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Home Maidstone News Article
It’s not even on the list of proposed housing sites in Maidstone council’s draft Local Plan, but a field off Cripple Street is firmly in a developer’s sights.
Millwood Designer Homes, based in Tonbridge, is drawing up proposals to build in the field opposite the Loose Valley Conservation Area.
Now residents have learned that the scheme is still on the cards.
The company confirmed it was working on a proposal, but would not release any details.
It has told a local residents’ association that it intends to hold a public exhibition on the scheme at Vine Church in Boughton Lane on Thursday, May 29, exactly one week after the local elections, but has so far not advertised the meeting.
South Ward councillor Ian Chittenden (Lib Dem) has taken it upon himself to deliver leaflets to homes in the area urging residents to attend the consultation event, which will be between 4pm and 8pm.
He said: "I'm afraid the developers will give residents too little notice. This is a very prominent location and I urge residents to make their views known."
“But this really is outrageous. This field is supposed to be protected as part of the green lung separating Maidstone from Loose.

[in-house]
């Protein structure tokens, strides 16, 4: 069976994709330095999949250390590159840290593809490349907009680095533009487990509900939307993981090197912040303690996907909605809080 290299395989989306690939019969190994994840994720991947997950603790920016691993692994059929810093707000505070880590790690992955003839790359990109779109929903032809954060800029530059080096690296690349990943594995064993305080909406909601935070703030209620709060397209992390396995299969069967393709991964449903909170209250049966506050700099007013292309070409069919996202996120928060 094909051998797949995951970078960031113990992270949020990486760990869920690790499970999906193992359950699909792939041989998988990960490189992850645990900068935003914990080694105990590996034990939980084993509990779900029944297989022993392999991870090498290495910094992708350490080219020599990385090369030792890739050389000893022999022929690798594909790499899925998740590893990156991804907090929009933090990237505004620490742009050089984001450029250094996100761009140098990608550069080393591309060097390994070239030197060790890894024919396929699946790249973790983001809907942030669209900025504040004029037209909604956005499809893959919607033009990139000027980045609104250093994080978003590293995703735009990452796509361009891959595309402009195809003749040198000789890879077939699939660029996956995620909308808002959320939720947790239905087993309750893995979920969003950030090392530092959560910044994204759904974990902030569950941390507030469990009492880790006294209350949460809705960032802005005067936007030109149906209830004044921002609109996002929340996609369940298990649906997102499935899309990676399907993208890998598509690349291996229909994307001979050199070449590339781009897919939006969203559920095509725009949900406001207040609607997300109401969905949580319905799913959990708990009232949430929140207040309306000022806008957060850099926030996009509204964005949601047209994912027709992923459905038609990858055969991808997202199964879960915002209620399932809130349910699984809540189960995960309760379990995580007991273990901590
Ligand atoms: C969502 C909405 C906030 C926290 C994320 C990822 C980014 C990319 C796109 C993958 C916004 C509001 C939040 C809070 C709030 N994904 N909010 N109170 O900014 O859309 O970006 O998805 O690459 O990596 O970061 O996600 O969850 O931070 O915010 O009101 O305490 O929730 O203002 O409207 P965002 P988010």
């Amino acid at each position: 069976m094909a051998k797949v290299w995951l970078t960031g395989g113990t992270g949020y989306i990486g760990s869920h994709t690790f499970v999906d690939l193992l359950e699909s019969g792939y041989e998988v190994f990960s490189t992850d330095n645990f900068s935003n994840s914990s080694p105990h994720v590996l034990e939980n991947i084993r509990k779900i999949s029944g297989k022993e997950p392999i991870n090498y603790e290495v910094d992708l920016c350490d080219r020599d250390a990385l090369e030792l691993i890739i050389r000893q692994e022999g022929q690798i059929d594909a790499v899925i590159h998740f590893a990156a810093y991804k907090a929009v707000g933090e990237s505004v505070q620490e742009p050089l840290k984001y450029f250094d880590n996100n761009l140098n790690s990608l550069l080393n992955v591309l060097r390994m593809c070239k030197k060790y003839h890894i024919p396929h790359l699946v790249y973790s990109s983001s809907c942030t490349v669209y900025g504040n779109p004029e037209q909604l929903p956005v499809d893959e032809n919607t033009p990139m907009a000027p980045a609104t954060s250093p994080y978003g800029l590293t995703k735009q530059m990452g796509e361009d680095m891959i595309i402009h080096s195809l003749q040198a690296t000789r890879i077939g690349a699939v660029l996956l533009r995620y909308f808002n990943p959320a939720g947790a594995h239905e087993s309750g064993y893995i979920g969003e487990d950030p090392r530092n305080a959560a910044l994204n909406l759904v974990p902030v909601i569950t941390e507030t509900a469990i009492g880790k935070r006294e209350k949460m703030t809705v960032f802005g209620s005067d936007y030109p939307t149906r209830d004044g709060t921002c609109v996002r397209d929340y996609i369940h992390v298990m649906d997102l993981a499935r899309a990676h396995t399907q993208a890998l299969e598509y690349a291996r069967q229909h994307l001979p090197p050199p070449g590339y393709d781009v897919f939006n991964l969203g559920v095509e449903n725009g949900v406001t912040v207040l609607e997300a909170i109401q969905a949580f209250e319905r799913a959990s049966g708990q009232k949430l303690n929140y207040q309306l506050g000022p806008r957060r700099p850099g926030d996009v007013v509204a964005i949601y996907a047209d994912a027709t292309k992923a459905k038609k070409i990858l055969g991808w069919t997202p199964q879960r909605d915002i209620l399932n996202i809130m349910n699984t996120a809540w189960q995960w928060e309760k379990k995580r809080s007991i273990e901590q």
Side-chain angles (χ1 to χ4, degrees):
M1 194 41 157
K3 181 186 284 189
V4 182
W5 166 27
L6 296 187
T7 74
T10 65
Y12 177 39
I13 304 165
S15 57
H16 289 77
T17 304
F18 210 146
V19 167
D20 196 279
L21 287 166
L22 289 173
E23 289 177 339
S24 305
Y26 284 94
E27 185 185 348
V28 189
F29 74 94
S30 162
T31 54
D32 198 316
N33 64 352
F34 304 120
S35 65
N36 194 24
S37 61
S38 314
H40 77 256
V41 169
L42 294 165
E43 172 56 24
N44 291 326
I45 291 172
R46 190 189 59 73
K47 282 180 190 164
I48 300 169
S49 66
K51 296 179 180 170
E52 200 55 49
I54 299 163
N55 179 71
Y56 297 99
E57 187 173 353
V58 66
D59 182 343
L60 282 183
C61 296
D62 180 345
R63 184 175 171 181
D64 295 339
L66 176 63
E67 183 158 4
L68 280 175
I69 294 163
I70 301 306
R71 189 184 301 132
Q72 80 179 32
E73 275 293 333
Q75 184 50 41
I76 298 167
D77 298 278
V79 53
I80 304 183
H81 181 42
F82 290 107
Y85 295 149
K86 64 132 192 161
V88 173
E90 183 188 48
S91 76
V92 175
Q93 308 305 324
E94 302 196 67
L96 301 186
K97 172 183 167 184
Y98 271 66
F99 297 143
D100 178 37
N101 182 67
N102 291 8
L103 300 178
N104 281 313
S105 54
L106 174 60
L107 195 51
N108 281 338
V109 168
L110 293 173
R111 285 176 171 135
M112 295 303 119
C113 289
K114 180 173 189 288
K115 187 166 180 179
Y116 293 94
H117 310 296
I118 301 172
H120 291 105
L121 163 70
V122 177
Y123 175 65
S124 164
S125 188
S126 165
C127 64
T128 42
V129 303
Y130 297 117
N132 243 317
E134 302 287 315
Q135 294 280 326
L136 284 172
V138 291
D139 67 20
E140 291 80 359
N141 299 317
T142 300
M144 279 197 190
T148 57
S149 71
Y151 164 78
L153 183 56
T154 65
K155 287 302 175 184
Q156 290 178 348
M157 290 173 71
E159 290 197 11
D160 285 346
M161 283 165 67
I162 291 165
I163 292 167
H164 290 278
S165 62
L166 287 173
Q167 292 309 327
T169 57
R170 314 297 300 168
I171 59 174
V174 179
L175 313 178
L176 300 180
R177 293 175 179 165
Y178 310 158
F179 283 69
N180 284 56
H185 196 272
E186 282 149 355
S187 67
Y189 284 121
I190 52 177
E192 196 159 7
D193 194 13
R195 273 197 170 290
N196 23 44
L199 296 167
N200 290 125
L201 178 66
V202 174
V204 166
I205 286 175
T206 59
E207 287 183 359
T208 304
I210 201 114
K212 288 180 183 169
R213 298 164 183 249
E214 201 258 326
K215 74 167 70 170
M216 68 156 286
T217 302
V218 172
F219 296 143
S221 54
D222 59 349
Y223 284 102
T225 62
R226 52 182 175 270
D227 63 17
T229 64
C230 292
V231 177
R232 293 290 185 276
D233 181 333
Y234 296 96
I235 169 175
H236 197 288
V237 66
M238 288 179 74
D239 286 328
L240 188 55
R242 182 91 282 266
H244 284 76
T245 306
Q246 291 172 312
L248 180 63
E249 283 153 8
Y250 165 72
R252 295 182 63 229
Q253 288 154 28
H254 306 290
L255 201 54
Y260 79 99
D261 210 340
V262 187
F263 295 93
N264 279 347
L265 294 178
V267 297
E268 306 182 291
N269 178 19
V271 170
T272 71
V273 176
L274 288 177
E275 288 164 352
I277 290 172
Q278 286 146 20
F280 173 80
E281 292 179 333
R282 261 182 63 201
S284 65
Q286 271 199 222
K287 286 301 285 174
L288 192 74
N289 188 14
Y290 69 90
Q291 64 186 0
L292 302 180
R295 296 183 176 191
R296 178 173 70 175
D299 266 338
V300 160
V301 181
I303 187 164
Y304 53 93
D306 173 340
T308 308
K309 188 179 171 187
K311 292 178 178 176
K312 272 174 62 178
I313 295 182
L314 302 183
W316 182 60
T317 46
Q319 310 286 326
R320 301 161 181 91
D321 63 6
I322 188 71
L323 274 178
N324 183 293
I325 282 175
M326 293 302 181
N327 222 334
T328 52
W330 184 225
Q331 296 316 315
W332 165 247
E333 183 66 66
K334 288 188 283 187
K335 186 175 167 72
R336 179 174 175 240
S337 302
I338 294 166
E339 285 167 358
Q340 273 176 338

“In addition, the effect of putting more traffic onto Cripple Street, which is very narrow at this point, and on to the Cripple Street traffic lights at the junction with Loose Road, is unthinkable.
“Motorists already wait an eternity at the lights in peak periods.”
A spokesman for Maidstone council said: "It is the developer that is pressing ahead despite the council’s action to remove this site from the plan."
Maidstone council has determined there is need for 19,600 new homes in the borough by 2031, but even with some controversial sites included in its draft Local Plan, it has only identified allocations for 16,700 of them.
The 1,900-home shortfall means it will be very difficult for councillors to refuse any application - such as this one in Cripple Street - that helps to make up the shortfall.
Cllr Chittenden said: "Unfortunately as soon as the planning officers put the site forward in their initial proposals it gave encouragement to the developers."
He said it would be difficult for planning officers now to oppose the site when they had previously supported it.
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